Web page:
Systemic fungal infections and known hypersensitivity to components.
In patients on corticosteroid therapy subjected to unusual stress, increased dosage of rapidly acting corticosteroids before, during, and after the stressful situation is indicated.
Corticosteroids may mask some signs of infection, and new infections may appear during their use. There may be decreased resistance and inability to localize infection when corticosteroids are used.
Prolonged use of corticosteroids may produce posterior subcapsular cataracts, glaucoma with possible damage to the optic nerves, and may enhance the establishment of secondary ocular infections due to fungi or viruses.
Usage in pregnancy
Since adequate human reproduction studies have not been done with corticosteroids, the use of these drugs in pregnancy, nursing mothers or women of child-bearing potential requires that the possible benefits of the drug be weighed against the potential hazards to the mother and embryo or fetus. Infants born of mothers who have received substantial doses of corticosteroids during pregnancy, should be carefully observed for signs of hypoadrenalism.
Average and large doses of hydrocortisone or cortisone can cause elevation of blood pressure, salt and water retention, and increased excretion of potassium. These effects are less likely to occur with the synthetic derivatives except when used in large doses. Dietary salt restriction and potassium supplementation may be necessary. All corticosteroids increase calcium excretion.
While on corticosteroid therapy patients should not be vaccinated against smallpox. Other immunization procedures should not be undertaken in patients who are on corticosteroids, especially on high dose, because of possible hazards of neurological complications and a lack of antibody response.
The use of prednisone tablets in active tuberculosis should be restricted to those cases of fulminating or disseminated tuberculosis in which the corticosteroid is used for the management of the disease in conjunction with an appropriate anti-tuberculous regimen.
If corticosteroids are indicated in patients with latent tuberculosis or tuberculin reactivity, close observation is necessary as reactivation of the disease may occur. During prolonged corticosteroid therapy, these patients should receive chemoprophylaxis.
Children who are on immunosuppressant drugs are more susceptible to infections than healthy children. Chickenpox and measles, for example, can have a more serious or even fatal course in children on immunosuppressant corticosteroids. In such children, or in adults who have not had these diseases, particular care should be taken to avoid exposure. If exposed, therapy with varicella zoster immune globulin (VZIG) or pooled intravenous immunoglobin (IVIG), as appropriate, may be indicated. If chickenpox develops treatment with antiviral agents may be considered.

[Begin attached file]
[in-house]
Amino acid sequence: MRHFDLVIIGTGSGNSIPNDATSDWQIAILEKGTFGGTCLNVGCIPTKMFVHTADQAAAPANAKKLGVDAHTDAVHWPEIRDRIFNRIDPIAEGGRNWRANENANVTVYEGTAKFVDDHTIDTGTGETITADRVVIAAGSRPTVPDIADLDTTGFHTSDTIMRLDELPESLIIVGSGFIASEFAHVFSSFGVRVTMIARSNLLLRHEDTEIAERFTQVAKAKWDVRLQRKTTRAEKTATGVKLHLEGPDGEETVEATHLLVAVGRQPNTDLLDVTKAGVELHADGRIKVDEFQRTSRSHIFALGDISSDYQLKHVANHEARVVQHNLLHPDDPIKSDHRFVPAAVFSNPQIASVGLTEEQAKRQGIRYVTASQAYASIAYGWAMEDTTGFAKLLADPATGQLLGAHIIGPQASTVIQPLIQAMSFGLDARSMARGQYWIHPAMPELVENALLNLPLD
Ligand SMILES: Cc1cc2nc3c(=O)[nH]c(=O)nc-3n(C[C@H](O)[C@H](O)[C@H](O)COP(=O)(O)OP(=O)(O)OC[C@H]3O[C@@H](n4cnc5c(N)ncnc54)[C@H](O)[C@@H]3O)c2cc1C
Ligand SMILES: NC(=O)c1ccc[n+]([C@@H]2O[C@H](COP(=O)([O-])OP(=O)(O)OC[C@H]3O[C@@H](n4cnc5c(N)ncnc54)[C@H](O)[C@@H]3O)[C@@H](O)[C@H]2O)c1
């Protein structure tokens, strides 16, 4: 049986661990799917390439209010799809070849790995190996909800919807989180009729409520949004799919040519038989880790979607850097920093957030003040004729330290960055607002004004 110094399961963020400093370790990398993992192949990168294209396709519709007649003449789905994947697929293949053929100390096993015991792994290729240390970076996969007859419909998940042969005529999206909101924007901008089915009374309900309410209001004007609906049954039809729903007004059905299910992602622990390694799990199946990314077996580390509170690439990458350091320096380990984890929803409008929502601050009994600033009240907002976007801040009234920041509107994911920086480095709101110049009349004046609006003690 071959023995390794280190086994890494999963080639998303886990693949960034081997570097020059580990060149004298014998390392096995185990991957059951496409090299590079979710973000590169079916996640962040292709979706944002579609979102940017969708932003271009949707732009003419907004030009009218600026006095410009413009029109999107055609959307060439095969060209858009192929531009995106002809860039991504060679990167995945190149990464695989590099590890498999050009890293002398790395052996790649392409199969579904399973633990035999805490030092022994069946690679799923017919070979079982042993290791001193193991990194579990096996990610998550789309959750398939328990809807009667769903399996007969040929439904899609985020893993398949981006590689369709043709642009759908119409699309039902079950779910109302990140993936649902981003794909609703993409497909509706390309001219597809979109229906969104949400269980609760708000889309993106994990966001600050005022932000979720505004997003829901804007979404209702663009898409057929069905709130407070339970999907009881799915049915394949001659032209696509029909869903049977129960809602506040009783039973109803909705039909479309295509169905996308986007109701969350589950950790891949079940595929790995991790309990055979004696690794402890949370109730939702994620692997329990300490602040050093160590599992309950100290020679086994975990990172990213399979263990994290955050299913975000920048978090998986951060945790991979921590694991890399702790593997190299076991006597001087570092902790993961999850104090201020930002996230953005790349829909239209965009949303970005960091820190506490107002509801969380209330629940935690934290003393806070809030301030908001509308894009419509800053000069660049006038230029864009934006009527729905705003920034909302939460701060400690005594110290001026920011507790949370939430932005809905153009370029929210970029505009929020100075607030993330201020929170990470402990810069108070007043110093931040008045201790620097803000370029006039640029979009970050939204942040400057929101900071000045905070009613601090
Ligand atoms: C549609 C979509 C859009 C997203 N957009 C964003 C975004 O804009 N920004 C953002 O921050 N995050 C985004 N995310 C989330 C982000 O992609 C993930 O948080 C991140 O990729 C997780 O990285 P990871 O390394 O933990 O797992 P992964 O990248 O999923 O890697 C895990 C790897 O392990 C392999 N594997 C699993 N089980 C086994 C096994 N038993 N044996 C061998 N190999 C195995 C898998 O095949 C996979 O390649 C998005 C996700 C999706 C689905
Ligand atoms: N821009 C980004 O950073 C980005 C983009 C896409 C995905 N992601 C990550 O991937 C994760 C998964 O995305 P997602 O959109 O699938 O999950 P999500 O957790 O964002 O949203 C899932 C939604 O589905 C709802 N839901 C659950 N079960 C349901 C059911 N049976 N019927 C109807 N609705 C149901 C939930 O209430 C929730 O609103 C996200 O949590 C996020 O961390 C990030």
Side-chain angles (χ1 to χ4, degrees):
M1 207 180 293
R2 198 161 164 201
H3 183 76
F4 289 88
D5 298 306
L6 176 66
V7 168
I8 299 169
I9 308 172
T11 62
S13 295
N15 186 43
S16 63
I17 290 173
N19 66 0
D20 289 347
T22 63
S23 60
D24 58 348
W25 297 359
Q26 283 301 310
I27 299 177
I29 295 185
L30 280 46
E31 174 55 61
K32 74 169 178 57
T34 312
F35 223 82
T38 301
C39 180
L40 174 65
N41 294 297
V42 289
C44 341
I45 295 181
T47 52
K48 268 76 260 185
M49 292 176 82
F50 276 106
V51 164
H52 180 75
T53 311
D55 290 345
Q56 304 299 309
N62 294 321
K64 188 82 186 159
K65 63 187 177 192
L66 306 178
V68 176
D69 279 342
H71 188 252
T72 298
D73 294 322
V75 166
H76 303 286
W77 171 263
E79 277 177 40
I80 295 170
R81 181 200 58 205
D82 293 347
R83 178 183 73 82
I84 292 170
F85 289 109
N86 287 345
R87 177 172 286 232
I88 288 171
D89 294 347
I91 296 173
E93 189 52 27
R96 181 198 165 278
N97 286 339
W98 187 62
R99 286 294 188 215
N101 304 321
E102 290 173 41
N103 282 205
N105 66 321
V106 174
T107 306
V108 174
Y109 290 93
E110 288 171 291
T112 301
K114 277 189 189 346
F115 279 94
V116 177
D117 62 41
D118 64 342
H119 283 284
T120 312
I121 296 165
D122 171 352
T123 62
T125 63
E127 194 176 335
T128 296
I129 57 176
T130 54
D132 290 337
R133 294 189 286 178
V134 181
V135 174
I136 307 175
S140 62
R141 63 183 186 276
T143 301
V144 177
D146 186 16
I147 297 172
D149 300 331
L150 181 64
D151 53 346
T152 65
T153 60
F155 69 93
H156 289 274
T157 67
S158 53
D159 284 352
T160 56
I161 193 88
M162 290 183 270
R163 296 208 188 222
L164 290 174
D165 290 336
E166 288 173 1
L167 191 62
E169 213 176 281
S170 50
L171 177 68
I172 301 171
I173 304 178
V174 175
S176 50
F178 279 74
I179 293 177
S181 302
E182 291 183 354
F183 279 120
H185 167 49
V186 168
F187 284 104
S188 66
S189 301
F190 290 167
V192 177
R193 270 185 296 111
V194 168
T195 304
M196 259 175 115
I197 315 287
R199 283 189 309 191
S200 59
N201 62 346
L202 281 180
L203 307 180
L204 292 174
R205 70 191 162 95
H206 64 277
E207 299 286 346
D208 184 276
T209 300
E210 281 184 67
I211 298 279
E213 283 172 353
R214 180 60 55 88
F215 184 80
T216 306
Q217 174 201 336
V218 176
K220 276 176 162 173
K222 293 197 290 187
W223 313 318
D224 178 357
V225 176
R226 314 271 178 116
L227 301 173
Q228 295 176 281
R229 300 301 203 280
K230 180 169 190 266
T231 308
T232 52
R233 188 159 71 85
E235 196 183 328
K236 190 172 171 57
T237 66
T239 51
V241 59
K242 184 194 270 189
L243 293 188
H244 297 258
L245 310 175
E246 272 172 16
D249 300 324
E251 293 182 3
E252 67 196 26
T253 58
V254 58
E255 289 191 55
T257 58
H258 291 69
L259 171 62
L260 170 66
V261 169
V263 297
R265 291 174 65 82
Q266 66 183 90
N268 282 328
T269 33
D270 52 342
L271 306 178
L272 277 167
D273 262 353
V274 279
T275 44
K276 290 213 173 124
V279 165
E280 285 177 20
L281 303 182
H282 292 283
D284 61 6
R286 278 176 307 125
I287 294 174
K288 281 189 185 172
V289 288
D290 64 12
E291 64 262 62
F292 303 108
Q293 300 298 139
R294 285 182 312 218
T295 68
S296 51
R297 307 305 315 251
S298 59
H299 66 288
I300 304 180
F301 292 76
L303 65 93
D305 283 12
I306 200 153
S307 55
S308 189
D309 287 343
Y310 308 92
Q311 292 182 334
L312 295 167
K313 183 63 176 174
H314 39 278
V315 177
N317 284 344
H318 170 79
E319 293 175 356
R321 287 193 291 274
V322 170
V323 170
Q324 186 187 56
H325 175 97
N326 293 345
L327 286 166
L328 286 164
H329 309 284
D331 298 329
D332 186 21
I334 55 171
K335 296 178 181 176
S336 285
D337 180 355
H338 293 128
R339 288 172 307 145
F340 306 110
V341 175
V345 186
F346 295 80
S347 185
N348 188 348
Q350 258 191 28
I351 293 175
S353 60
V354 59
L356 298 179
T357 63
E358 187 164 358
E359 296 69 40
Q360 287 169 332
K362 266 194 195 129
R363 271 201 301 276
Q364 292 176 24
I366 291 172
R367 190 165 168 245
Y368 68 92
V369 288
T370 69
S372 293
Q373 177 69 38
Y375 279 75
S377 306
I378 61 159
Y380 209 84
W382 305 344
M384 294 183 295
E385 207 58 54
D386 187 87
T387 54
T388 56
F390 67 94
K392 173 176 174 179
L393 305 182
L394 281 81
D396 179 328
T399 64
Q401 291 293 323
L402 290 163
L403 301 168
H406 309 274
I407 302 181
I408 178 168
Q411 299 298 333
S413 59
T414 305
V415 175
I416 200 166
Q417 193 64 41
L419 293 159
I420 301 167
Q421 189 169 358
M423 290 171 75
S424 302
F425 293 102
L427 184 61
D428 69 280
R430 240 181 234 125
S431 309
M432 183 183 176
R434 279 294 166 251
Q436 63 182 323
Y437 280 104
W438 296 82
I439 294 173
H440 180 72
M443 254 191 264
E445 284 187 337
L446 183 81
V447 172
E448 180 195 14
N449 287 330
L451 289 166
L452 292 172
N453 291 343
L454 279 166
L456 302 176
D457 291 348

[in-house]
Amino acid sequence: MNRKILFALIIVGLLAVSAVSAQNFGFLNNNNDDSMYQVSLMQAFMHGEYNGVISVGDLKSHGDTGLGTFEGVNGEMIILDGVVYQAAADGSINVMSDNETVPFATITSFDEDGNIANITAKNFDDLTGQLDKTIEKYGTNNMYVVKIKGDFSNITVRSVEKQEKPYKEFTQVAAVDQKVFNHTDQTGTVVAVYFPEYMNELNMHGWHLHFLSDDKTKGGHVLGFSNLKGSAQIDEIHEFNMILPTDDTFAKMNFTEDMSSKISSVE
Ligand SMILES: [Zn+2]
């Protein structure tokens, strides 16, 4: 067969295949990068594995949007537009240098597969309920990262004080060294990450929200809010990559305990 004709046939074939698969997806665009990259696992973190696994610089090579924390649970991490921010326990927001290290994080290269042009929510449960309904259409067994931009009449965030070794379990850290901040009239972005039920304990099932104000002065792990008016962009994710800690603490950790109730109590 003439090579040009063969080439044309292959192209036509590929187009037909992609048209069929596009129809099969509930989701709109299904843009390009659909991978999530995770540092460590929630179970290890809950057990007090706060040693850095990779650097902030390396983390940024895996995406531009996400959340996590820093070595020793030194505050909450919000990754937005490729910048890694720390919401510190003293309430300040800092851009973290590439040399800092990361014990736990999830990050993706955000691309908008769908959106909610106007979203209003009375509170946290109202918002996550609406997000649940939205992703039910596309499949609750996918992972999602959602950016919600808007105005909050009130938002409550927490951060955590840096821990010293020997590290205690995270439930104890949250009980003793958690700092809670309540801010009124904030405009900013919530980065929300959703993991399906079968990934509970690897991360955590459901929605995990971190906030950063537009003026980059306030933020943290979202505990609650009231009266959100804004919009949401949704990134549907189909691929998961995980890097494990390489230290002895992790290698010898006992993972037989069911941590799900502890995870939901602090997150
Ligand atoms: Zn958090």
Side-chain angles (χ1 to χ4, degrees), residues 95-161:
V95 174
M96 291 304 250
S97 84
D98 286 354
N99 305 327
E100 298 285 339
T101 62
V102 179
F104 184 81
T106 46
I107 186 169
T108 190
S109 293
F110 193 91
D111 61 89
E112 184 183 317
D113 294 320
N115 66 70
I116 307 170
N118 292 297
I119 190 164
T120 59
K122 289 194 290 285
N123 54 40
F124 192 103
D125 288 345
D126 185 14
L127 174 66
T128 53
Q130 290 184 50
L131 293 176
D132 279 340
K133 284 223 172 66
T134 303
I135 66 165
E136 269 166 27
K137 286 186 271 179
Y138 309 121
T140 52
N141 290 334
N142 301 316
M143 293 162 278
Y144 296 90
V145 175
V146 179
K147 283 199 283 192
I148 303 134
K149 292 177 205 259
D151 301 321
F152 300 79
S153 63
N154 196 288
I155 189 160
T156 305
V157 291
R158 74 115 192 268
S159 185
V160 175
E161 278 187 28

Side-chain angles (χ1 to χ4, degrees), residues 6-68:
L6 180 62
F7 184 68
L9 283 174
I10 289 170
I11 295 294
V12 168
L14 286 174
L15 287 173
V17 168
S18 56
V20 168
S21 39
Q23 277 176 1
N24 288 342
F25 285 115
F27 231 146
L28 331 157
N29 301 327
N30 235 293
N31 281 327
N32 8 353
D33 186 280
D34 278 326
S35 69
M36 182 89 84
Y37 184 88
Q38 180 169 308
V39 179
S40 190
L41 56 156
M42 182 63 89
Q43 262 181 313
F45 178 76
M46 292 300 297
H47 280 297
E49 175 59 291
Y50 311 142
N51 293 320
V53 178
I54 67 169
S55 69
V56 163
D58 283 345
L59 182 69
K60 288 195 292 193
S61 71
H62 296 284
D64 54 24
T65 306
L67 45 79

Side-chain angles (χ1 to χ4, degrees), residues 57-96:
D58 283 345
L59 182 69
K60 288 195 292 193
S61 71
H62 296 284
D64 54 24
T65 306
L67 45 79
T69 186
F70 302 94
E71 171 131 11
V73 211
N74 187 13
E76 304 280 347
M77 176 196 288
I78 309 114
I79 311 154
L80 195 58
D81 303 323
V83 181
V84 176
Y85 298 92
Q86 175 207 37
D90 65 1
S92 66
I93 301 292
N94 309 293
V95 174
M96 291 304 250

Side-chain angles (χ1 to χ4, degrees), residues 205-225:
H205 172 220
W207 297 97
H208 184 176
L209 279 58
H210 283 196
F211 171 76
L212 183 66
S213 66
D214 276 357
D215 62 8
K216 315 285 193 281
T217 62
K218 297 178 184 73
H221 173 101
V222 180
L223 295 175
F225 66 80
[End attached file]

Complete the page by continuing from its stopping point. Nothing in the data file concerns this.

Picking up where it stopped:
Drug-induced secondary adrenocortical insufficiency may be minimized by gradual reduction of dosage. This type of relative insufficiency may persist for months after discontinuation of therapy; therefore, in any situation of stress occurring during that period, hormone therapy should be reinstituted. Since mineralocorticoid secretion may be impaired, salt and/or a mineralocorticoid should be administered concurrently.
There is an enhanced effect of corticosteroids on patients with hypothyroidism and in those with cirrhosis.
Corticosteroids should be used cautiously in patients with ocular herpes simplex because of possible corneal perforation.
The lowest possible dose of corticosteroid should be used to control the condition under treatment, and when reduction in dosage is possible, the reduction should be gradual.
Psychic derangements may appear when corticosteroids are used, ranging from euphoria, insomnia, mood swings, personality changes, and severe depression, to frank psychotic manifestations. Also, existing emotional instability or psychotic tendencies may be aggravated by corticosteroids.
Aspirin should be used cautiously in conjunction with corticosteroids in hypoprothrombinemia.
Steroids should be used with caution in nonspecific ulcerative colitis, if there is a probability of impending perforation, abscess or other pyogenic infection; diverticulitis; fresh intestinal anastomoses; active or latent peptic ulcer; renal insufficiency; hypertension; osteoporosis; and myasthenia gravis.
Growth and development of infants and children on prolonged corticosteroid therapy should be carefully observed.
Although controlled clinical trials have shown corticosteroids to be effective in speeding the resolution of acute exacerbations of multiple sclerosis, they do not show that corticosteroids affect the ultimate outcome or natural history of the disease. The studies do show that relatively high doses of corticosteroids are necessary to demonstrate a significant effect (see DOSAGE AND ADMINISTRATION ).